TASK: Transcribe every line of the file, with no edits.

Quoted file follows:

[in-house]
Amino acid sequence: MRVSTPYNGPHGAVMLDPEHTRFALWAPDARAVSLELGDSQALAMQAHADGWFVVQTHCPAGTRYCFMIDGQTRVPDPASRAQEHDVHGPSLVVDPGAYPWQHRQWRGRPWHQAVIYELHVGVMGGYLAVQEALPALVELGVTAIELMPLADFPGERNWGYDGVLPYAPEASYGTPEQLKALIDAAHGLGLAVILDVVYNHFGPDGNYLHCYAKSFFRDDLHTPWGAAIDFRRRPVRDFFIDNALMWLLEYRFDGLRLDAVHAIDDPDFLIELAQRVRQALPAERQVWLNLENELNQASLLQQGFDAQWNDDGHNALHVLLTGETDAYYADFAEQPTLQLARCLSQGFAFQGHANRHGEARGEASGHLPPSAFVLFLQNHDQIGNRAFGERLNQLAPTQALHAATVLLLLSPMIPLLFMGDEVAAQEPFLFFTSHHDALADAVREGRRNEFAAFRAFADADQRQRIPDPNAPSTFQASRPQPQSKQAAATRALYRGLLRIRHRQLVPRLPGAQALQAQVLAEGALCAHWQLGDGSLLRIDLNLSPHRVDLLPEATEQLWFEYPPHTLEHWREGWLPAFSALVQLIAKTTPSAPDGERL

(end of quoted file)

[in-house]
Amino acid sequence: MRVSTPYNGPHGAVMLDPEHTRFALWAPDARAVSLELGDSQALAMQAHADGWFVVQTHCPAGTRYCFMIDGQTRVPDPASRAQEHDVHGPSLVVDPGAYPWQHRQWRGRPWHQAVIYELHVGVMGGYLAVQEALPALVELGVTAIELMPLADFPGERNWGYDGVLPYAPEASYGTPEQLKALIDAAHGLGLAVILDVVYNHFGPDGNYLHCYAKSFFRDDLHTPWGAAIDFRRRPVRDFFIDNALMWLLEYRFDGLRLDAVHAIDDPDFLIELAQRVRQALPAERQVWLNLENELNQASLLQQGFDAQWNDDGHNALHVLLTGETDAYYADFAEQPTLQLARCLSQGFAFQGHANRHGEARGEASGHLPPSAFVLFLQNHDQIGNRAFGERLNQLAPTQALHAATVLLLLSPMIPLLFMGDEVAAQEPFLFFTSHHDALADAVREGRRNEFAAFRAFADADQRQRIPDPNAPSTFQASRPQPQSKQAAATRALYRGLLRIRHRQLVPRLPGAQALQAQVLAEGALCAHWQLGDGSLLRIDLNLSPHRVDLLPEATEQLWFEYPPHTLEHWREGWLPAFSALVQLIAKTTPSAPDGERL